Australia’s retirement system needs radical reform

From The Conversation: The government’s retirement income review is being told our current tax and benefit treatment of retirement incomes is a mess. Much of financial planning industry is devoted to structuring affairs to maximise access to the age pension. The means test and other requirements that control access to it are a bureaucratic nightmare


It’s time to drop the hammer on Transurban

While residents of Sydney and Melbourne are suffering from crush-loaded roads, trains, schools, and hospitals, as well as smaller and more expensive housing, toll road company Transurban is making out like a bandit. Last year, ABC News reported that Sydney’s toll road network is the most expensive and extensive in the world, most of which


Recessionberg baffled by RBA spending call

Via The UnAustralian: The Morrison government is ­increasingly frustrated with ­Reserve Bank governor Philip Lowe’s calls for it to spend more to lift the ­nation’s flagging productivity, after a confidential cabinet briefing from the RBA boss on Monday left ministers exasperated by an absence of detailed policy ideas. Dr Lowe in a speech on ­Wednesday


Private health insurance industry faces collapse

Australian Prudential Regulation Authority (APRA) board member Geoff Summerhayes has warned that the business models of many private health insurers may not be sustainable beyond 2022. He claims factors such as the growing trend for younger people to opt out of health insurance means that some insurers may not be financially viable within three years,


Taxpayers shafted again with Sydney Metro $4b over budget

I have noted repeatedly that one of the key reasons why Australia’s high population growth (immigration) is lowering the living standards of existing residents is because of the strain that it places on infrastructure, which inevitably leads to more congestion on roads, public transport, as well as more expensive housing. Basic math (and common-sense) suggests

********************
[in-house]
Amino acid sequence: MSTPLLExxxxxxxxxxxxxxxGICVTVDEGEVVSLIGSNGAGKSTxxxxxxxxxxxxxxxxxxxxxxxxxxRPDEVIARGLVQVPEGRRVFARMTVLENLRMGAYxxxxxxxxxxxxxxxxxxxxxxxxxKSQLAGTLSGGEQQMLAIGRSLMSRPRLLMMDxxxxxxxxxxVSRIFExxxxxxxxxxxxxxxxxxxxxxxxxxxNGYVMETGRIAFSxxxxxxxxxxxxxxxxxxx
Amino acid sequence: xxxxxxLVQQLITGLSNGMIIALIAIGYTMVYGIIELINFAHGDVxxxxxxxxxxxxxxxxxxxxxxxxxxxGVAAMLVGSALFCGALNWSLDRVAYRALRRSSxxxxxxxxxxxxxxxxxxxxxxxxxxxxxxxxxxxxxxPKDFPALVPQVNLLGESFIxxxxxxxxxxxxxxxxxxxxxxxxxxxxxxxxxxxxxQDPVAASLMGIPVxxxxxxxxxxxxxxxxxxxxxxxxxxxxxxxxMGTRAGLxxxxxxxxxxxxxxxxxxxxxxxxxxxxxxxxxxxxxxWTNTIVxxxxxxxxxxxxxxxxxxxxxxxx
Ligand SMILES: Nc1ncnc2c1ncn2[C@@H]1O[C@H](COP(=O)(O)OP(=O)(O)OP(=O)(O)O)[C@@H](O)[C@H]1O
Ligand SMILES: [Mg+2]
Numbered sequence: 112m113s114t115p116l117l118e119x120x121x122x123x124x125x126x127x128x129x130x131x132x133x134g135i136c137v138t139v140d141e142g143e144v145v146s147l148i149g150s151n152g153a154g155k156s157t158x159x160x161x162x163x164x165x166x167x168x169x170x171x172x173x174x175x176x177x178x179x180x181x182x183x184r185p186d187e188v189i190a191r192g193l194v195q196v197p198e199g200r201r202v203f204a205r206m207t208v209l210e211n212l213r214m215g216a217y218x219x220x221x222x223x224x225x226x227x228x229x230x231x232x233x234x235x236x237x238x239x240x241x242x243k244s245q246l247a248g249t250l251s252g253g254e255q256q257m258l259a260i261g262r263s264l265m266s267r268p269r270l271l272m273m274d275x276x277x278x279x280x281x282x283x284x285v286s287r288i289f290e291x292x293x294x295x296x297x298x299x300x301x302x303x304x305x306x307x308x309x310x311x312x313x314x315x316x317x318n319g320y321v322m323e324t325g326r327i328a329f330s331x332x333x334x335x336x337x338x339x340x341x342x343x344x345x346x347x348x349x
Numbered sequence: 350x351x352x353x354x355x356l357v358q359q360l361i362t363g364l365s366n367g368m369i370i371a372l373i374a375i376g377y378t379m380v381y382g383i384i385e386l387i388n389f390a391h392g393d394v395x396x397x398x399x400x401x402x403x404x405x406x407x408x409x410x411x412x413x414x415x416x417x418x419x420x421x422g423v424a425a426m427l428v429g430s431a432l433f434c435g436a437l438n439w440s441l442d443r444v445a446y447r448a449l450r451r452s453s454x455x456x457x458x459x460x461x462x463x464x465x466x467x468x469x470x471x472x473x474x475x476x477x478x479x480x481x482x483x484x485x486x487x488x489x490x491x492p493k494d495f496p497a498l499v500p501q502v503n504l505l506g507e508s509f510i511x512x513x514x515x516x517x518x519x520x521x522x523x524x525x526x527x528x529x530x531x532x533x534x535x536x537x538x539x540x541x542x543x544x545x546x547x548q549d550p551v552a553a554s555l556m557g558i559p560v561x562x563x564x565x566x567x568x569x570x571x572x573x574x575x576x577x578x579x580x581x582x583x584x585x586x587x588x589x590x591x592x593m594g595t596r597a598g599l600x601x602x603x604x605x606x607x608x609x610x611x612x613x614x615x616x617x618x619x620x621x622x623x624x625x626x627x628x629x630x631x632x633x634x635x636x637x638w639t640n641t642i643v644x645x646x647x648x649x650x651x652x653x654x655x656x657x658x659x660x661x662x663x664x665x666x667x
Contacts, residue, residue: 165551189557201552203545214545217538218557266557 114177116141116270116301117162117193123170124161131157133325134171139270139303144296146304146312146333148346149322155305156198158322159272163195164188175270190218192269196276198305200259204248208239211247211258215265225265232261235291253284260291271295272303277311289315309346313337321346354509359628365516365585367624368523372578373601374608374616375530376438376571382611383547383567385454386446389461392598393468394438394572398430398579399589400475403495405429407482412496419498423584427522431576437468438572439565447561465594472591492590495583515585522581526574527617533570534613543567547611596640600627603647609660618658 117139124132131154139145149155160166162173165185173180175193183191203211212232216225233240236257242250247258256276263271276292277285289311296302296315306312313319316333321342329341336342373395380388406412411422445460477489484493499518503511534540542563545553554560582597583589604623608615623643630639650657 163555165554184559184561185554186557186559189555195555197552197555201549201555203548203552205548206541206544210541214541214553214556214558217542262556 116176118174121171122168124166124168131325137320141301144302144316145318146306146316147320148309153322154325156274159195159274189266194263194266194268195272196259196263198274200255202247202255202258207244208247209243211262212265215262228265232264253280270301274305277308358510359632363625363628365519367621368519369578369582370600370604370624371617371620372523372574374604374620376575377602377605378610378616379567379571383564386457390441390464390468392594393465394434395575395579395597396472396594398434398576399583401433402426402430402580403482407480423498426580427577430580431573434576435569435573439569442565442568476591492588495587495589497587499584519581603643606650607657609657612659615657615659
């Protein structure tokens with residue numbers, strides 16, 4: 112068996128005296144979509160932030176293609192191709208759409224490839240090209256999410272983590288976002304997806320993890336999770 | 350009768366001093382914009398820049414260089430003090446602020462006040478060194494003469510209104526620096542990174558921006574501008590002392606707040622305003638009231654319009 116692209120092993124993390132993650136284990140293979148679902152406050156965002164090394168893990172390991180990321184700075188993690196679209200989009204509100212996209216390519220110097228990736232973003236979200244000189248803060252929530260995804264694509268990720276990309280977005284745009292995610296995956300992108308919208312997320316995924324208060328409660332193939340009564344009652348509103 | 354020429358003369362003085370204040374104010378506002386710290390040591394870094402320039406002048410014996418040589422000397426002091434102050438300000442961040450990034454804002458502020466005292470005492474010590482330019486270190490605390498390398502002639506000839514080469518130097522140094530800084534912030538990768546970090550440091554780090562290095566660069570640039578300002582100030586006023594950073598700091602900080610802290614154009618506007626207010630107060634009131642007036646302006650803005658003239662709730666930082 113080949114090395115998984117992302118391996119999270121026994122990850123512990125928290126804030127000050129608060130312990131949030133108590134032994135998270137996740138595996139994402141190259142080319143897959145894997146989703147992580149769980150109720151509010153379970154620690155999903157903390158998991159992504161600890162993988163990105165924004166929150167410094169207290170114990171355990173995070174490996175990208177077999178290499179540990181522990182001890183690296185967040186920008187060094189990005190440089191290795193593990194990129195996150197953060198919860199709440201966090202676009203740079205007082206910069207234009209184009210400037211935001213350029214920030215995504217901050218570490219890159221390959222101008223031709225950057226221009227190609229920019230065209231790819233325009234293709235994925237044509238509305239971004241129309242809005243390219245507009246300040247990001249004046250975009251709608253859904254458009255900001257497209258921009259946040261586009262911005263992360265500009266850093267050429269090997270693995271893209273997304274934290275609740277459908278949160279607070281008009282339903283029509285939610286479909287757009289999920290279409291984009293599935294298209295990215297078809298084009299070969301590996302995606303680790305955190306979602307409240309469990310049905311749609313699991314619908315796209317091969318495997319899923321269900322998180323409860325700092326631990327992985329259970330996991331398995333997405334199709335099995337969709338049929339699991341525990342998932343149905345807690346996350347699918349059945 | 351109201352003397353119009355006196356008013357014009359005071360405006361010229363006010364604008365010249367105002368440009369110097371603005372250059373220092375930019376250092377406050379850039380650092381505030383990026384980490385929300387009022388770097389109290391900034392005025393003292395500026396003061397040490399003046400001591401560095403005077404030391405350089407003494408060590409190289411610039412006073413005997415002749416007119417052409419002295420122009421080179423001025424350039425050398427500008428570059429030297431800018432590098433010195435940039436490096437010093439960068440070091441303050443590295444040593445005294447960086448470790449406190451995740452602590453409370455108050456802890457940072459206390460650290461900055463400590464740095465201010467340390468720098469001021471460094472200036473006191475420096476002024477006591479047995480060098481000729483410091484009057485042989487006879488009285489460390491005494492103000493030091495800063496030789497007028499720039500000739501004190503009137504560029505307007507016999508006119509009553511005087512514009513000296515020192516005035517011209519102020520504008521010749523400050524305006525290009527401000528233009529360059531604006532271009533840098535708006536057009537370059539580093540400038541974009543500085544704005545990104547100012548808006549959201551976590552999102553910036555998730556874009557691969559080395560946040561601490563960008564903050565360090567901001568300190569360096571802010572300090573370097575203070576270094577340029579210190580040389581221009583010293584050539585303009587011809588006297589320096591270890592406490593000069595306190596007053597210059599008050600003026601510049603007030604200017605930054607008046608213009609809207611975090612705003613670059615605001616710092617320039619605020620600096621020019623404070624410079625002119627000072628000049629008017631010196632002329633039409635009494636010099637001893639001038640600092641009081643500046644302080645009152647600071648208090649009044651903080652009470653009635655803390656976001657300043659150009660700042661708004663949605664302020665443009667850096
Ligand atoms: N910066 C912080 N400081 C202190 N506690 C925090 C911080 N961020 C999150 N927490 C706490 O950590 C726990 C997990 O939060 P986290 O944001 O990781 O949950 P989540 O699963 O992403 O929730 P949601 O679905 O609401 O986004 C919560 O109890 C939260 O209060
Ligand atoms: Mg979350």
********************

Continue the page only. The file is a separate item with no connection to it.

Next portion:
West Gate tunnels into bottomless pit

Yesterday, Clay Lucas’ explosive report on the West Gate Tunnel project revealed that the 1465-page agreement between the Victorian Government and Transurban contained 125 references to “contamination”: Search the West Gate Tunnel project agreement between Transurban and Victorian Treasurer Tim Pallas and you will find a thumping 125 references to “contamination” in the 1465-page document.


West Gate Tunnel bungle has taxpayers on hook for billions

The fallout from the bungled West Gate Tunnel project continues after its builders gave notice that they intend to terminate their contract with Transurban, with Victorian taxpayers likely required to bail-out the project at a cost of billions. Here’s The Age’s take: Treasurer Tim Pallas billed it as the multi-billion-dollar road deal that was too


Lifting Newstart is a policy no-brainer

The Australian Council of Social Service (ACOSS) has used its submission to the pre-Budget process to urge the federal government to increase funding for the Newstart allowance by $3.8bn. CEO Cassandra Goldie has called for Newstart to be increased by $95 a week. Welfare groups have previously sought a $75 increase, but Goldie contends that


West gate tunnel dispute escalates

A day after its builders gave notice that they intend to terminate their contract with Transurban, Daniel Andrews’ $6.7 billion West Gate Tunnel project is in chaos with the Premier threatening to tear-up Transurban’s lucrative 10-year toll extension if it does not find away to dispose of tonnes of toxic soil discovered at the build